This paper explores the expansion of outside directorate in Korean corporations, analyzing workplace survey data collected by the Korea Labor Institute(KLI). The previous literate on this issue empathizes how the changing legal environments of Korean business affect the aspect of controlling corporate agencies, executive officers. The results of this study reconfirm that Korean corporations appoint more outside directors to monitor and control managers. Drawing on resource dependency and neo-institutional perspectives, we argue that other significant factors also increase the size of outside board. A company may recruit more outside directors to decrease resource uncertainty and dependency as well as to acquire more legitimacy from the environments. There exist different dynamics of appointing outside directors between listed and unlisted corporations. Listed companies hire outside board members and attempt to attract fundings from foreign shareholders. In contrast, unlisted corporations recruit outside directors while conforming to the business norms and guidelines. We conclude that functional requirements affect the expansion of outside directorate in listed corporations and institutional factors guide unlisted corporations to appoint more outside directors.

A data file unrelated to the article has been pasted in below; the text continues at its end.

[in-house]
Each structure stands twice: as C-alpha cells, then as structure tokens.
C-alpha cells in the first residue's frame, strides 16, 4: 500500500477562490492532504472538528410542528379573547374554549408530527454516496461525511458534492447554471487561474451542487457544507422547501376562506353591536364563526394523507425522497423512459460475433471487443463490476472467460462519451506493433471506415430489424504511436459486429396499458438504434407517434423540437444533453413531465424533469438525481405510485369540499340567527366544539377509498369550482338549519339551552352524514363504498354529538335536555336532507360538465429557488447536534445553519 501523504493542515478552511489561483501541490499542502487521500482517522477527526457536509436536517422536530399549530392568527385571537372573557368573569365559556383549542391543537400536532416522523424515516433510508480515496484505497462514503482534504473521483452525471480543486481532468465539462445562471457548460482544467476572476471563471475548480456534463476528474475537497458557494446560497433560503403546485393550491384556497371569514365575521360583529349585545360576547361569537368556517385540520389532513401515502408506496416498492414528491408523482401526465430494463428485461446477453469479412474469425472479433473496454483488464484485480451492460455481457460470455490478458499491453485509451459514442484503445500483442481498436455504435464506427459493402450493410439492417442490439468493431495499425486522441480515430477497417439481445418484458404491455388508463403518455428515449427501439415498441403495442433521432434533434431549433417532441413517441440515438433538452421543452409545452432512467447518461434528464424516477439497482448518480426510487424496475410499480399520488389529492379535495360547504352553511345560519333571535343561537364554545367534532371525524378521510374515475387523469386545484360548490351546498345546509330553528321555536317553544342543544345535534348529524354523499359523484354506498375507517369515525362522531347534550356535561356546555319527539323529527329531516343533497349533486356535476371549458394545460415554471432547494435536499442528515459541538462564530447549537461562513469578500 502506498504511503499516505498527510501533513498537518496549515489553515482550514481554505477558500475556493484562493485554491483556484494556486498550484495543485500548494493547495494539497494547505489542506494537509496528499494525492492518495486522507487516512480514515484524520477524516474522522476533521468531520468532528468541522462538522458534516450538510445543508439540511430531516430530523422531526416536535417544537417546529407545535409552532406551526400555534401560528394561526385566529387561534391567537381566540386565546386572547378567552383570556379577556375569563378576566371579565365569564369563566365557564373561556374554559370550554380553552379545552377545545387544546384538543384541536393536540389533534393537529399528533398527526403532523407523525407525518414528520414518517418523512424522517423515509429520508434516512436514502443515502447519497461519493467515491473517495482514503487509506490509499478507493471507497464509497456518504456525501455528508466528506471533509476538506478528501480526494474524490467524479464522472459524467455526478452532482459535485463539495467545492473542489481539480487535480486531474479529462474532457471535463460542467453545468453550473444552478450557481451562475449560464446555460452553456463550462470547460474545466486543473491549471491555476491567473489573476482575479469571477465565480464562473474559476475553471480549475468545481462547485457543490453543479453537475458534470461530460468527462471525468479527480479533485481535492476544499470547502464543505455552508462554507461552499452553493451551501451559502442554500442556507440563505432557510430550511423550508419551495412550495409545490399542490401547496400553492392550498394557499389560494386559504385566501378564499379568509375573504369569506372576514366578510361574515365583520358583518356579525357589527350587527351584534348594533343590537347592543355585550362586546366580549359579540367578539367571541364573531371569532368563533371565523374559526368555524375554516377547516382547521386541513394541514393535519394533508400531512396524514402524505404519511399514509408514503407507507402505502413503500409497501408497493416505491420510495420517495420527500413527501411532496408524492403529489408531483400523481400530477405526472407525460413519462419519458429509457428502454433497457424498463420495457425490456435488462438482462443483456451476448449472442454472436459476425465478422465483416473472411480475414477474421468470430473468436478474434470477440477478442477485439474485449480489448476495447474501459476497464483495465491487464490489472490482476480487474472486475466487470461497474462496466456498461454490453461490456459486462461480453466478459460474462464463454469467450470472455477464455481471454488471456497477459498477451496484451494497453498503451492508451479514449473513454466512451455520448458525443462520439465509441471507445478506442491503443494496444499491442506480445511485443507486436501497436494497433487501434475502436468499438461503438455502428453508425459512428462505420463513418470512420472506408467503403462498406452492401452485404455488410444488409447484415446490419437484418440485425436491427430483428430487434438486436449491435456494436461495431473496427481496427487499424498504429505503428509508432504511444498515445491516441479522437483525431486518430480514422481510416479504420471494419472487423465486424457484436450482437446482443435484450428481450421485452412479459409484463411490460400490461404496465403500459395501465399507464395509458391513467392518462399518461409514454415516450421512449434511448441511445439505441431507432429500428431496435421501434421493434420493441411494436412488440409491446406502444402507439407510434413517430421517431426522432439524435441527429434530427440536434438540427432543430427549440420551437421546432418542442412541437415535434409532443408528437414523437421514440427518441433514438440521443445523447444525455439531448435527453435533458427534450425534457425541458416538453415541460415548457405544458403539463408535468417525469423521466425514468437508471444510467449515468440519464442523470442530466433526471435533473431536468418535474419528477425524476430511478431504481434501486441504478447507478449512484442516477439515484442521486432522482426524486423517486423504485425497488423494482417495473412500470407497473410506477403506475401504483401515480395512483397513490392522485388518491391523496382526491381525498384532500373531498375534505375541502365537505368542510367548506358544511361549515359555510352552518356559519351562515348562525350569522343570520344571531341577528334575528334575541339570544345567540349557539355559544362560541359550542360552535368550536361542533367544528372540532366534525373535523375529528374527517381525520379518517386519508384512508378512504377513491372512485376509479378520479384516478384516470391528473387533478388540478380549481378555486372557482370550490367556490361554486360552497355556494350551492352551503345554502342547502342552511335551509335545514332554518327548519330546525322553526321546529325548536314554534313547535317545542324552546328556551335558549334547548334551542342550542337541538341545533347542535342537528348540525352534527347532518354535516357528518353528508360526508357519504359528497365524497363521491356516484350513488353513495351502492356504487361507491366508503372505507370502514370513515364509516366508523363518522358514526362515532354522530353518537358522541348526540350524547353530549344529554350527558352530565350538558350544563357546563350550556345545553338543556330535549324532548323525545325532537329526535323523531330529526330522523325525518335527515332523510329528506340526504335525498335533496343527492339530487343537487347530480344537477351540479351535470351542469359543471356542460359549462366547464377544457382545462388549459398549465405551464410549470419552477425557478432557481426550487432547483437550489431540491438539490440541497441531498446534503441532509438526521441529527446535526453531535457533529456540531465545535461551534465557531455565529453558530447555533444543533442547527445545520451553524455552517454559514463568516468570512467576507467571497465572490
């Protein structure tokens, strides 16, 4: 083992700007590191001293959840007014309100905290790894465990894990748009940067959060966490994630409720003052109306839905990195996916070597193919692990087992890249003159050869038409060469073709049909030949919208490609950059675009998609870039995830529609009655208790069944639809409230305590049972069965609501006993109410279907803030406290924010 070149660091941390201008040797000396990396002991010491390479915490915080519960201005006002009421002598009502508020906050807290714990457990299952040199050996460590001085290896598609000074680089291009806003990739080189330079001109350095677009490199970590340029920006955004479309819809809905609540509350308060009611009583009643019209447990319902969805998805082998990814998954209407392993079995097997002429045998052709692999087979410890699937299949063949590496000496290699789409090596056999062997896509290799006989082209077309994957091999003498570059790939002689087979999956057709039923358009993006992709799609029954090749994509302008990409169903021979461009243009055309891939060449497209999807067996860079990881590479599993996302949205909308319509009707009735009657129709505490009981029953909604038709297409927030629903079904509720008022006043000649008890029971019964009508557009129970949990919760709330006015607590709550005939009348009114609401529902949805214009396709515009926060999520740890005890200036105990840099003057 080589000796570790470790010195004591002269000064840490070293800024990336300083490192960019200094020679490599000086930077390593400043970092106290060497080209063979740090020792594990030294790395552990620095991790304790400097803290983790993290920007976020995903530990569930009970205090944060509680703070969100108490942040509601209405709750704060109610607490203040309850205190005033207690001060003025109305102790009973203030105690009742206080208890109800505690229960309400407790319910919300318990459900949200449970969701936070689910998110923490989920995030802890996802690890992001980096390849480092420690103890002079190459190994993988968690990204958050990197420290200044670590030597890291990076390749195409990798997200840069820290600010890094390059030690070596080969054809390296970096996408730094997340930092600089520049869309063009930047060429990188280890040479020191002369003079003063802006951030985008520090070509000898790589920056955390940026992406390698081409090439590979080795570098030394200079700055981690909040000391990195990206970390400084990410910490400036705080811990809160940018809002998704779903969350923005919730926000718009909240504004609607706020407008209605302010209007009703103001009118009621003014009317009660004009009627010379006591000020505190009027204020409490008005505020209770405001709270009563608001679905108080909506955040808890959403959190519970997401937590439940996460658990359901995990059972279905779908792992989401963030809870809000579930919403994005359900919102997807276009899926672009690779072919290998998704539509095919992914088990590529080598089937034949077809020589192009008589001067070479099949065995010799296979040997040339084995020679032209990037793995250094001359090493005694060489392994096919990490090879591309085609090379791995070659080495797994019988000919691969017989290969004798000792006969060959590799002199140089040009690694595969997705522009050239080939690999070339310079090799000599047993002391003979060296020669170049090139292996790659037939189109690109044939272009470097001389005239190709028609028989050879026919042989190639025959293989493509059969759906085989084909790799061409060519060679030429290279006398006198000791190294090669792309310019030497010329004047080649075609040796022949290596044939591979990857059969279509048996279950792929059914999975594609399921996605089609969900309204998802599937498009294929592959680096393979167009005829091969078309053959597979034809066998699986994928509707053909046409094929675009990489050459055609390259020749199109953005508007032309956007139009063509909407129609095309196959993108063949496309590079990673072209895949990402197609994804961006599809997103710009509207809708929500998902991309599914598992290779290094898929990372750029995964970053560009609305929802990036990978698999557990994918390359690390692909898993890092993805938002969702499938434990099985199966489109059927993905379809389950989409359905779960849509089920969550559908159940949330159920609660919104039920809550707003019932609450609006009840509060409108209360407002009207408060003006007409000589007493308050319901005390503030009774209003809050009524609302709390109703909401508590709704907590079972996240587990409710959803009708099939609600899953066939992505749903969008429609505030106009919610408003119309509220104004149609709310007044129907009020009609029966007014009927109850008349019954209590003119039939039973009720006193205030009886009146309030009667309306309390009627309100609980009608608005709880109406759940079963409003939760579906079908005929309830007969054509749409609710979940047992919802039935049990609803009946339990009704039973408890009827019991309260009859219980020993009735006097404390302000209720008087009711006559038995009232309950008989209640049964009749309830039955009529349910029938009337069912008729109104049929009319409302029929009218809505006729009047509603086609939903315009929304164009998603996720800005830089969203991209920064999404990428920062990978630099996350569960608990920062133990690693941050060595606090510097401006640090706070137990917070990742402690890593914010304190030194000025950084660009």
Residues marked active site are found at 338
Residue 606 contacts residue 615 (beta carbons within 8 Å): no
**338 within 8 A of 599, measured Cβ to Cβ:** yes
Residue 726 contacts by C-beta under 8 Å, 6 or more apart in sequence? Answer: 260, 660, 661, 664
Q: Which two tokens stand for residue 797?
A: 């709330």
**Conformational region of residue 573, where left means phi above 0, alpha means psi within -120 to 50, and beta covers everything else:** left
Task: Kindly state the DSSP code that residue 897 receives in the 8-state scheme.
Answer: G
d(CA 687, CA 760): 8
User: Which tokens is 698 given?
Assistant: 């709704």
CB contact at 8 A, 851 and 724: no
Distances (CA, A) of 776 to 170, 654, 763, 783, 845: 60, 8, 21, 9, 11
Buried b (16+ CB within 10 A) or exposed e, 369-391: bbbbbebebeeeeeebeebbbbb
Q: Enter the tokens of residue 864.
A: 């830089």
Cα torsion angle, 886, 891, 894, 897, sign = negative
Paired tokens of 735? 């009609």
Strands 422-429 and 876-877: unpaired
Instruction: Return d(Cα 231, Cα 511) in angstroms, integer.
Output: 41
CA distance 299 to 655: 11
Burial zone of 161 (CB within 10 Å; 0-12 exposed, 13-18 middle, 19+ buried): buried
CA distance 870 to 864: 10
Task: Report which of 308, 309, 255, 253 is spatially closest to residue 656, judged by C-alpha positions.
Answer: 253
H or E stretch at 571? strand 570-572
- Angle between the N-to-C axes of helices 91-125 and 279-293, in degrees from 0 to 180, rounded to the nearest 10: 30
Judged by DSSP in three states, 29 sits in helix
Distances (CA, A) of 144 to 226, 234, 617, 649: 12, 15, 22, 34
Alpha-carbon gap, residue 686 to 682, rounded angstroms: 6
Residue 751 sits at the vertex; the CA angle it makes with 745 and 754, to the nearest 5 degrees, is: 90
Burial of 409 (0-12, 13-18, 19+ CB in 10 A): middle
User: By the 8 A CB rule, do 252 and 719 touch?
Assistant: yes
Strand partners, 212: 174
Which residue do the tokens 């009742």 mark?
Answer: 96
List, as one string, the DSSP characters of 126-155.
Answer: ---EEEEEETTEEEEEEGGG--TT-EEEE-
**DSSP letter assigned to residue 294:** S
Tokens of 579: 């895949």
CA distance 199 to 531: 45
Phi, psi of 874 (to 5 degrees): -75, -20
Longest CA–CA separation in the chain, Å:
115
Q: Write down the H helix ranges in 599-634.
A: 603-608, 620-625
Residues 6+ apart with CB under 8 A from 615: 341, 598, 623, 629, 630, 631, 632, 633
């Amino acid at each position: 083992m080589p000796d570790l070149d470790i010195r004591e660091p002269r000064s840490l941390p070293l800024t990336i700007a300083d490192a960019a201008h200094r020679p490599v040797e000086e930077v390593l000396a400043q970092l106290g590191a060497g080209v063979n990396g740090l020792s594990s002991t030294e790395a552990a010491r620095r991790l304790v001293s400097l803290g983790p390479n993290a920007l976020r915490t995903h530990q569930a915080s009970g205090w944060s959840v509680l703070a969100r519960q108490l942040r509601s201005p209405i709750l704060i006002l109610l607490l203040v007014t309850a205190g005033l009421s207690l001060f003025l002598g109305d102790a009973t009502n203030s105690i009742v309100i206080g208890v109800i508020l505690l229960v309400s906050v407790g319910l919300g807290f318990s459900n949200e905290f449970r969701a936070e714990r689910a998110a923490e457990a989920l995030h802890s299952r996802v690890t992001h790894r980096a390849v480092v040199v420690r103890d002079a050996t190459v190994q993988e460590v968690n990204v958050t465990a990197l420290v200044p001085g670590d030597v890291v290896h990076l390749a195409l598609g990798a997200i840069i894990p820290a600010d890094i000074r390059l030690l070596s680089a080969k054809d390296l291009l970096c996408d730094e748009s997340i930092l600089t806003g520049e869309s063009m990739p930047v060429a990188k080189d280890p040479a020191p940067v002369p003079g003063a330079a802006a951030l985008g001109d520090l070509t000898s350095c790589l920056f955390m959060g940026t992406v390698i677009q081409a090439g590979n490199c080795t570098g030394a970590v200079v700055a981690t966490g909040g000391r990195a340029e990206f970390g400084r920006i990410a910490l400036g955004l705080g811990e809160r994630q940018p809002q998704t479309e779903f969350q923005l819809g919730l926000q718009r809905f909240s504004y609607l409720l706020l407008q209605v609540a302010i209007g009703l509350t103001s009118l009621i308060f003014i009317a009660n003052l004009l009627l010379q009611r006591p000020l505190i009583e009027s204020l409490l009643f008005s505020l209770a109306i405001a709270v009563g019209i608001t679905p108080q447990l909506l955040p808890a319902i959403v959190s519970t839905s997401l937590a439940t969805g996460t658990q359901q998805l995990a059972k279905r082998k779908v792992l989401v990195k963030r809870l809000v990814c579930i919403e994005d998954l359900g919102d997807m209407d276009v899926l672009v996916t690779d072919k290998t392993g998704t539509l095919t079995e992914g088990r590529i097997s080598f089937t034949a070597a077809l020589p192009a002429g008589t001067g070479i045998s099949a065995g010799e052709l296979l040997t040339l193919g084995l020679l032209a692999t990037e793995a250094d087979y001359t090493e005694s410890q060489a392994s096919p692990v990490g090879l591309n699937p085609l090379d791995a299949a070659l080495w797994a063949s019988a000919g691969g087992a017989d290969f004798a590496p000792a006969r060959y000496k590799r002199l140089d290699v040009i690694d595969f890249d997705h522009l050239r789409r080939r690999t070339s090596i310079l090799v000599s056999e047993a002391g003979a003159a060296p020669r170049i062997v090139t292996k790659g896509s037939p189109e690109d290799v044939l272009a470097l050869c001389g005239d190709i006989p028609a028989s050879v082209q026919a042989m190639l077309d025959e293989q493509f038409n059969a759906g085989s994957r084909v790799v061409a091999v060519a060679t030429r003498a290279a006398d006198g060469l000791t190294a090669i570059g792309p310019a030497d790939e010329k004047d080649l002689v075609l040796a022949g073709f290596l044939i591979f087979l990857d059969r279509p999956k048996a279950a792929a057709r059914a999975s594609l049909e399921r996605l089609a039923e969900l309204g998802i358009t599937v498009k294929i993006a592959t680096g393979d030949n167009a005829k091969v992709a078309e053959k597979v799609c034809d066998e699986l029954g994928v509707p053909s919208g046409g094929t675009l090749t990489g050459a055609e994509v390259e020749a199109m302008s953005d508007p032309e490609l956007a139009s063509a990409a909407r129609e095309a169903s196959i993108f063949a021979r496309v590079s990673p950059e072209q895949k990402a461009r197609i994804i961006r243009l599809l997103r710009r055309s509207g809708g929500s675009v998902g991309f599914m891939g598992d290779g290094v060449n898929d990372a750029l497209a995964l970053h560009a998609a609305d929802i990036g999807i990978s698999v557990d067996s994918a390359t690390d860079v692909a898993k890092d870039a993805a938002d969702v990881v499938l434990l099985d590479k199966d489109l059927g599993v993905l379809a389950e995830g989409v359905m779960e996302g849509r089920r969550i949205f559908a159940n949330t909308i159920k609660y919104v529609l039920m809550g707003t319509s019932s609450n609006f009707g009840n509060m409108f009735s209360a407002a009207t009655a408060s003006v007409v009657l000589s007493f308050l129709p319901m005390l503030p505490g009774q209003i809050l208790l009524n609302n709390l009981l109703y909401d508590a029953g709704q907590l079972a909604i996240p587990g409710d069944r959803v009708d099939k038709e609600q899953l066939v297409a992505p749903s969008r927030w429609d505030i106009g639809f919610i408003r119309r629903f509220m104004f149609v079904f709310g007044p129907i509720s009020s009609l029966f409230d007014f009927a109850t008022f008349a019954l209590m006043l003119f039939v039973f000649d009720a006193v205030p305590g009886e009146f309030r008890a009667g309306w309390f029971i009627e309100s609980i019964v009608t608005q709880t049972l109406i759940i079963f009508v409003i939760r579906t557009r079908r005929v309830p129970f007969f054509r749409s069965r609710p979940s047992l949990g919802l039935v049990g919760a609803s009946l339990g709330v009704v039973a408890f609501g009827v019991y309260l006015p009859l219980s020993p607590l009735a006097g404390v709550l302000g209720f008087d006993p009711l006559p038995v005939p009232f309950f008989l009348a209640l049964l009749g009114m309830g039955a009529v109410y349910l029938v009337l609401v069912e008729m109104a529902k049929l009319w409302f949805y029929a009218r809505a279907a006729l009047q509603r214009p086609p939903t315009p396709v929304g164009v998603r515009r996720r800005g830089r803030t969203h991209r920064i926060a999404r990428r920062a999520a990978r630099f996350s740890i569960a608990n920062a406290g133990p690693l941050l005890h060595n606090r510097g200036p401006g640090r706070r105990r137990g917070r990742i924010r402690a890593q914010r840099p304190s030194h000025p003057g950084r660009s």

|Number of pages||40|
|Journal||Korean Journal of Sociology|
|Publication status||Published - 2007|
- outside board directors
- agency control
- resource dependency
- business norm